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23rd September 2020

Becoming a licensed sponsor - is your business ready for 1 January 2021?

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Having left the EU on 31 January 2020, the UK is now in a transition period during which EU workers can continue to live and work in the UK.

Despite calls for the Government to extend the transition period to allow businesses more time to prepare given the difficulties that have been experienced during the Covid-19 pandemic, the Government has stated that there will not be any extension and that the transition period will end on 31 December 2020.

This means that from 1 January 2021 all overseas workers, whether from within or outside the EU, who wish to come to the UK to live and work will be subject to the points-based system. This system will enable skilled workers who have an offer of employment from a licensed sponsor to live and work in the UK subject to certain eligibility requirements. Further details as to how the points-based system will work post December 2020 can be found here.

The key requirement under the points-based system is that an employer must be a registered licensed sponsor if it wishes to employ workers from outside the UK. Therefore, if you believe that your business may wish to recruit workers from the EU or indeed further afield from 1 January 2021, and you are not already a licensed sponsor, you should be considering making an application to the UK Visas and Immigration (UKVI) to become one.

Becoming a licensed sponsor does, however, carry several onerous responsibilities and so it is important to consider whether your business is willing and able to comply with such obligations before you apply.

Who can apply for a sponsor licence?

To become a licensed sponsor there are certain eligibility requirements that a business must meet:

  • You must be a genuine business operating legally in the UK.

  • You must have a genuine role to offer to a migrant worker which meets the skills requirements of at least RQF Level 3 and the accompanying salary requirements.

  • The UKVI must be satisfied that your business in not a threat to immigration control. They will consider, for example, any previous convictions, any previous involvement with UKVI and whether you have appropriate HR systems in place.

  • You must be able to appoint key personnel roles to manage your sponsor licence. These individuals must be UK employees, meet certain eligibility requirements and such roles have duties and obligations with which such personnel are obliged to comply.

  • The UKVI must be satisfied that you will meet your immigration compliance responsibilities as a sponsor. Again, UKVI will consider what HR processes you have in place and may undertake a compliance visit before your application is approved.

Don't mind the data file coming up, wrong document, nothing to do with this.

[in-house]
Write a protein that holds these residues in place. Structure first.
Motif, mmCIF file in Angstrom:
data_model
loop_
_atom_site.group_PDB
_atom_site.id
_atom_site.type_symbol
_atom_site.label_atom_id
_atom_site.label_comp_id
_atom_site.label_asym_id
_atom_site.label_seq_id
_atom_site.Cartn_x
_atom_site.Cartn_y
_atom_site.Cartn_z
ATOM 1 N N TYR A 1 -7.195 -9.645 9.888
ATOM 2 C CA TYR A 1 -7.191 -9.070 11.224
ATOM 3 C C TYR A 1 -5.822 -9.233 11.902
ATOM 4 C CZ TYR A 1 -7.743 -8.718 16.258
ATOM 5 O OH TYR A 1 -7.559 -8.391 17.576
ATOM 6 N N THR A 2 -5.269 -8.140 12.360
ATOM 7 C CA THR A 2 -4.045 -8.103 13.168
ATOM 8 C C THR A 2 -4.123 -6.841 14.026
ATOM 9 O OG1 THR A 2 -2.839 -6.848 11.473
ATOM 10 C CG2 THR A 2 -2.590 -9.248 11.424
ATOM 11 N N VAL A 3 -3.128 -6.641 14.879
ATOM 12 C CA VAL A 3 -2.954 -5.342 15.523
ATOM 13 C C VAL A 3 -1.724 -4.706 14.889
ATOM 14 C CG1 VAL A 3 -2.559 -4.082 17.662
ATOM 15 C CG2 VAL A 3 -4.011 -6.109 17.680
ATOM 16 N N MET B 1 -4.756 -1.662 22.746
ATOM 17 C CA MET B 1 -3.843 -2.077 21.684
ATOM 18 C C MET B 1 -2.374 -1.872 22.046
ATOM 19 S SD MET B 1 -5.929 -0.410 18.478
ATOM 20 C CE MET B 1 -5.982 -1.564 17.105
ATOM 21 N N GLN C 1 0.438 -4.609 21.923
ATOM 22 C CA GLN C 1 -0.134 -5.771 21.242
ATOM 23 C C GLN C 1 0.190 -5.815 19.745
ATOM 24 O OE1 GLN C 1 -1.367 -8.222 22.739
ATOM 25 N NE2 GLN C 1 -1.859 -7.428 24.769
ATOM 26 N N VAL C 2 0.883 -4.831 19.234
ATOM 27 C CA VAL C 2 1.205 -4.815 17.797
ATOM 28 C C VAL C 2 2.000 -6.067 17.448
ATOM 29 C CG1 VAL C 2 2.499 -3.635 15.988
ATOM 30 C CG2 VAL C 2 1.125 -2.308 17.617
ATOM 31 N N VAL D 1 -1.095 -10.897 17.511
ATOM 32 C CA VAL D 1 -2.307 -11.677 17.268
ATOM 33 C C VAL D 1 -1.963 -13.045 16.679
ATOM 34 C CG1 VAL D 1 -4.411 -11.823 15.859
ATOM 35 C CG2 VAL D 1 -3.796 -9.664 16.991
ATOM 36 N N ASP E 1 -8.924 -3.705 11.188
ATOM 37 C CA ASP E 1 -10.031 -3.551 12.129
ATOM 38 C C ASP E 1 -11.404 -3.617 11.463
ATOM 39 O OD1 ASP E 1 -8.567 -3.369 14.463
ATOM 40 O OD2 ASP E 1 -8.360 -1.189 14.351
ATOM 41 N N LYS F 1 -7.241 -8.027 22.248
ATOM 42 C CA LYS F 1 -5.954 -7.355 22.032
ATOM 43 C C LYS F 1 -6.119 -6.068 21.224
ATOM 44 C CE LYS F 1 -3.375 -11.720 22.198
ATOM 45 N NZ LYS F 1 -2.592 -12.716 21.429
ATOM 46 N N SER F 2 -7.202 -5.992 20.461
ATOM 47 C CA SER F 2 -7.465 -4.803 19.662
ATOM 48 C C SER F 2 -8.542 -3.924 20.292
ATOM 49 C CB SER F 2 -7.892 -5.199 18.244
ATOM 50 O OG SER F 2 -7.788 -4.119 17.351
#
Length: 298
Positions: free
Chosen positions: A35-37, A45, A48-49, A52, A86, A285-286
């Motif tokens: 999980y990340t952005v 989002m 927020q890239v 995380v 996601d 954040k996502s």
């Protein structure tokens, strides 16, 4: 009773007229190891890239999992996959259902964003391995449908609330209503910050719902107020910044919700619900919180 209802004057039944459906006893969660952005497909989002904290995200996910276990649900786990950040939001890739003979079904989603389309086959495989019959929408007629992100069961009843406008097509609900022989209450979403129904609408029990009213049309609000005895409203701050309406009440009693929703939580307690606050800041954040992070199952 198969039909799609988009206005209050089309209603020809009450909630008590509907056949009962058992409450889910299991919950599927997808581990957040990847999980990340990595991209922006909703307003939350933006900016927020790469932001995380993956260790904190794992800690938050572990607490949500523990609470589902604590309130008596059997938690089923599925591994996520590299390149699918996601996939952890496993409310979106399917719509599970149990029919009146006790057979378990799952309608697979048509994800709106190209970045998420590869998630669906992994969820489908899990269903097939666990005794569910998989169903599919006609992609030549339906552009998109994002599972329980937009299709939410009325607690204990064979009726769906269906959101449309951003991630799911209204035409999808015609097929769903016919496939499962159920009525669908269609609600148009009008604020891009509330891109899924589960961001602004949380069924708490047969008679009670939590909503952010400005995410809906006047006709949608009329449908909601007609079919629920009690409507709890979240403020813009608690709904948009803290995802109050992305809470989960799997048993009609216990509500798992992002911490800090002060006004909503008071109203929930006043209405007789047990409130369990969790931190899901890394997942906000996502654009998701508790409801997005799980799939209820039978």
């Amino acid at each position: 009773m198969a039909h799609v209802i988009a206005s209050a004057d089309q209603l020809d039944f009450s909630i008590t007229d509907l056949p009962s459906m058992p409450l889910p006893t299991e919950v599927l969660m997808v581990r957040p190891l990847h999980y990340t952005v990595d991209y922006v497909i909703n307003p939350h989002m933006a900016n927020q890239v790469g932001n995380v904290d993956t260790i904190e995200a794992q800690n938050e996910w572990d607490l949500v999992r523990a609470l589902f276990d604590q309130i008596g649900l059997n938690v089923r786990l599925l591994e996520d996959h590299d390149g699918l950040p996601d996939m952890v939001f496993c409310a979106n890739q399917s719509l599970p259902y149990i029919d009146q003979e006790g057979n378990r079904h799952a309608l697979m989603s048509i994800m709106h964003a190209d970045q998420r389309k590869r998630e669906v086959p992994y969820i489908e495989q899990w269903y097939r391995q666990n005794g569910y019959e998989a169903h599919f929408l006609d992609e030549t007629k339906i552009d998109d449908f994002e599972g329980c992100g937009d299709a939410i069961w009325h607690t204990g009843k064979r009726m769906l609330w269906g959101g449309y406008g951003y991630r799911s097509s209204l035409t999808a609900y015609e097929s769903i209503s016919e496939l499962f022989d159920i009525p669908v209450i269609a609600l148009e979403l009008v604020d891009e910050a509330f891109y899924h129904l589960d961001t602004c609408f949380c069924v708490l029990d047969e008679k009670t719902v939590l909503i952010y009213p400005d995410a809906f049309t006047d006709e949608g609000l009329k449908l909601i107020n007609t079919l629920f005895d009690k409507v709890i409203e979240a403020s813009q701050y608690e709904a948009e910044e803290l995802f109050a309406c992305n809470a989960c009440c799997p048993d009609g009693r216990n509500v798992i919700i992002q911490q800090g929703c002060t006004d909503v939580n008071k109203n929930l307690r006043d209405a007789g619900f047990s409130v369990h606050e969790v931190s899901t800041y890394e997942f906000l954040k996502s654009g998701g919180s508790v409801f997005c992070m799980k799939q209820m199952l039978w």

Compliance considerations

Sponsor licence holders are said to be put in a “position of trust” when it comes to business immigration and as such are required to uphold UK immigration law. Over the years more and more responsibility has been placed upon employers that hold sponsor licences to ensure that illegal working does not take place.

As a result, the UKVI requires licence holders to comply with various reporting and record keeping obligations and may undertake a compliance audit, either before your application has been granted or once your sponsor licence has been issued.

Before applying for a sponsor licence it is therefore key that you ensure your current processes and records are up to date, especially in the area of preventing illegal working. You should:

  • Consider in detail why your business wishes to hold a sponsor licence. What vacancies would you intend to recruit migrant workers into? Would those vacancies meet the eligibility requirements?

  • Consider whether you have suitable HR processes in place to comply with the record keeping and reporting duties. For example, are the contracts of employment and other employment documentation for staff up to date and easy to locate? Do you have the record keeping systems in place to enable you to keep track of key dates, staff absences and changes in employee circumstances?

  • Ensure that your right to work checks are being undertaken in line with the UKVI guidance, that the appropriate records are kept and that such records are up to date and easy to locate.

  • Consider which staff would be appropriate to appoint to the key personnel roles, whether they would meet the eligibility requirements and be able to manage the obligations placed on them within such roles.

Failure to comply with your sponsor duties can lead not only to the suspension or revocation of your sponsor licence, but also potential civil penalties and criminal convictions in respect of illegal working. It is therefore important that you carefully consider what is involved in becoming a licensed sponsor before making any application.


If you do decide to apply to become a licensed sponsor, it is also necessary to consider timescales. It usually takes around 8 weeks for a sponsor licence application to be approved. However, the UKVI are likely to receive an influx of applications in the lead up to 1 January 2021. This could lead to delays in applications being granted, leaving some employers unable to recruit workers from outside the UK for some time. If your business may need to continuing recruiting workers from outside the UK from January 2021, our advice would therefore be to start looking into the sponsor licence application process as soon as possible.

For further advice or assistance with making sponsor licence applications please click here to email Gemma Hill or click here to email Lynne Adams in our Employment team.